All information has a purpose and an intended audience. Ask yourself who the intended audience is and what is the purpose of the information.
CommonSense.org recommends a series of five questions to ask yourself
The news you see might not be the same as the news your neighbor sees. Much of the information we see is delivered by online platforms that are driven by algorithms predicting what we want to see. Broaden your news by intentionally seeking out news that doesn't come to you through a filter. Click on (and read) news from across the spectrum to disrupt the algorithms that shape what is delivered to you.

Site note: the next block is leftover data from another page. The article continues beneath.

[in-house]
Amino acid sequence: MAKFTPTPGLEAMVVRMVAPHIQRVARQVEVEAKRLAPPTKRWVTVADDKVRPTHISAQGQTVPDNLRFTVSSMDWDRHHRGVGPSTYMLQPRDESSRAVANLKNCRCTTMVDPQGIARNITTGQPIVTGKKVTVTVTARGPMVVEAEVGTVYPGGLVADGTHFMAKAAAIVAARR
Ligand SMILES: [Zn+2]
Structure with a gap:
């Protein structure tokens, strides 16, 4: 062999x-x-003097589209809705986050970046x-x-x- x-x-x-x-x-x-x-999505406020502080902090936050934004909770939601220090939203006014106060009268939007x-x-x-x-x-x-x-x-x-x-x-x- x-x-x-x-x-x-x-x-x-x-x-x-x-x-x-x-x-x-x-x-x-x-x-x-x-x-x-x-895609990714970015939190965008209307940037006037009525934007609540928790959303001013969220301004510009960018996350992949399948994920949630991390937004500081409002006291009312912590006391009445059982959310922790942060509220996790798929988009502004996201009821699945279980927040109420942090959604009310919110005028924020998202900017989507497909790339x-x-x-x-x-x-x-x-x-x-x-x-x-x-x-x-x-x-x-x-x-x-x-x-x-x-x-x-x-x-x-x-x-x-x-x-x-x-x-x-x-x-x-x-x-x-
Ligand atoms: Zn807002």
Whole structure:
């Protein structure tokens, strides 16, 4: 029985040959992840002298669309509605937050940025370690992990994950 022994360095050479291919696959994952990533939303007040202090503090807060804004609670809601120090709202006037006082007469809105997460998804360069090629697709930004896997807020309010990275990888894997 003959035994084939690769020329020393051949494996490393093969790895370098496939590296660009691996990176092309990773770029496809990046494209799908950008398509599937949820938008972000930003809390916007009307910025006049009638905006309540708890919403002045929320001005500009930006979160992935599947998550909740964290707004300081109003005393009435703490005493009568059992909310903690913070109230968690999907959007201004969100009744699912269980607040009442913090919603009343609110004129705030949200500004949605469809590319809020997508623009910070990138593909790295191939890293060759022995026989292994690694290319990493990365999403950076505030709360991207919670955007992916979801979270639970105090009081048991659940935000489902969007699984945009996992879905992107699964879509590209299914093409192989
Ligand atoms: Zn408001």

It's important to be aware that we bring our own biases to the information we encounter. Confirmation bias is a well-established tendency to search for and interpret information in a way that aligns with what we already believe. This bias is so strong that psychologists have found that pain centers of the brain are engaged when we encounter information contrary to our deeply held convictions (Kaplan, Gimbel, & Harris, 2016).
Coupled with algorithmic bias that tends to bring us information that we're predisposed to agree with, it's easy to end up in an echo chamber and let down our guard about fact-checking information that "feels right." That's why it's important to apply fact-checking practices early in the process of encountering new information.